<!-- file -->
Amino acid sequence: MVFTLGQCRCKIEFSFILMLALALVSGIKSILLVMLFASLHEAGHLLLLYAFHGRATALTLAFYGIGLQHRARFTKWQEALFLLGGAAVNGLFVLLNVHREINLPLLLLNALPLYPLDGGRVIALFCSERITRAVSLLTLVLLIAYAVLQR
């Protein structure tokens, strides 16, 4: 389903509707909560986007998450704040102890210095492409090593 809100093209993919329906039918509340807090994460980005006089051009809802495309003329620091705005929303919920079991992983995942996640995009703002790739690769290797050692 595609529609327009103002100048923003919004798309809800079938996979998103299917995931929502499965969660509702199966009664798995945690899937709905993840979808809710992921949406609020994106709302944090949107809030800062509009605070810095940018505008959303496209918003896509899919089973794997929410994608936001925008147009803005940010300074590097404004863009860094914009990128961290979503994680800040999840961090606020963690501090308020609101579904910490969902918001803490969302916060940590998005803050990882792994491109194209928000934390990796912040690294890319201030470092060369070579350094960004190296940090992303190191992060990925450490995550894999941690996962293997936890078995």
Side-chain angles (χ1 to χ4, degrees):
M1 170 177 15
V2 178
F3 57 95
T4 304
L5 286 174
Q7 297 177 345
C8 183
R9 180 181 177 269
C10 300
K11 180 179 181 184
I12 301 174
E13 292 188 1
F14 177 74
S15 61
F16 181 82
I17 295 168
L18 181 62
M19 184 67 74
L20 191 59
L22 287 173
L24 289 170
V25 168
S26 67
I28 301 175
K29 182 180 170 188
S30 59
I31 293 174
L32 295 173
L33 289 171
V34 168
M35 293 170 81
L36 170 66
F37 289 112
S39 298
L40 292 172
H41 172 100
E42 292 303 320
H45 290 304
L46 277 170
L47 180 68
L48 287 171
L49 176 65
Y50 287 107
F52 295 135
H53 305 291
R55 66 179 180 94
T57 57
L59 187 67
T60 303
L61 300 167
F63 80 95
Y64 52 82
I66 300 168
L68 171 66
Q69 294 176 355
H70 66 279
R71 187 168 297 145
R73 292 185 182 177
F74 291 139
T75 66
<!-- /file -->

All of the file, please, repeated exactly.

Amino acid sequence: MVFTLGQCRCKIEFSFILMLALALVSGIKSILLVMLFASLHEAGHLLLLYAFHGRATALTLAFYGIGLQHRARFTKWQEALFLLGGAAVNGLFVLLNVHREINLPLLLLNALPLYPLDGGRVIALFCSERITRAVSLLTLVLLIAYAVLQR
């Protein structure tokens, strides 16, 4: 389903509707909560986007998450704040102890210095492409090593 809100093209993919329906039918509340807090994460980005006089051009809802495309003329620091705005929303919920079991992983995942996640995009703002790739690769290797050692 595609529609327009103002100048923003919004798309809800079938996979998103299917995931929502499965969660509702199966009664798995945690899937709905993840979808809710992921949406609020994106709302944090949107809030800062509009605070810095940018505008959303496209918003896509899919089973794997929410994608936001925008147009803005940010300074590097404004863009860094914009990128961290979503994680800040999840961090606020963690501090308020609101579904910490969902918001803490969302916060940590998005803050990882792994491109194209928000934390990796912040690294890319201030470092060369070579350094960004190296940090992303190191992060990925450490995550894999941690996962293997936890078995």
Side-chain angles (χ1 to χ4, degrees):
M1 170 177 15
V2 178
F3 57 95
T4 304
L5 286 174
Q7 297 177 345
C8 183
R9 180 181 177 269
C10 300
K11 180 179 181 184
I12 301 174
E13 292 188 1
F14 177 74
S15 61
F16 181 82
I17 295 168
L18 181 62
M19 184 67 74
L20 191 59
L22 287 173
L24 289 170
V25 168
S26 67
I28 301 175
K29 182 180 170 188
S30 59
I31 293 174
L32 295 173
L33 289 171
V34 168
M35 293 170 81
L36 170 66
F37 289 112
S39 298
L40 292 172
H41 172 100
E42 292 303 320
H45 290 304
L46 277 170
L47 180 68
L48 287 171
L49 176 65
Y50 287 107
F52 295 135
H53 305 291
R55 66 179 180 94
T57 57
L59 187 67
T60 303
L61 300 167
F63 80 95
Y64 52 82
I66 300 168
L68 171 66
Q69 294 176 355
H70 66 279
R71 187 168 297 145
R73 292 185 182 177
F74 291 139
T75 66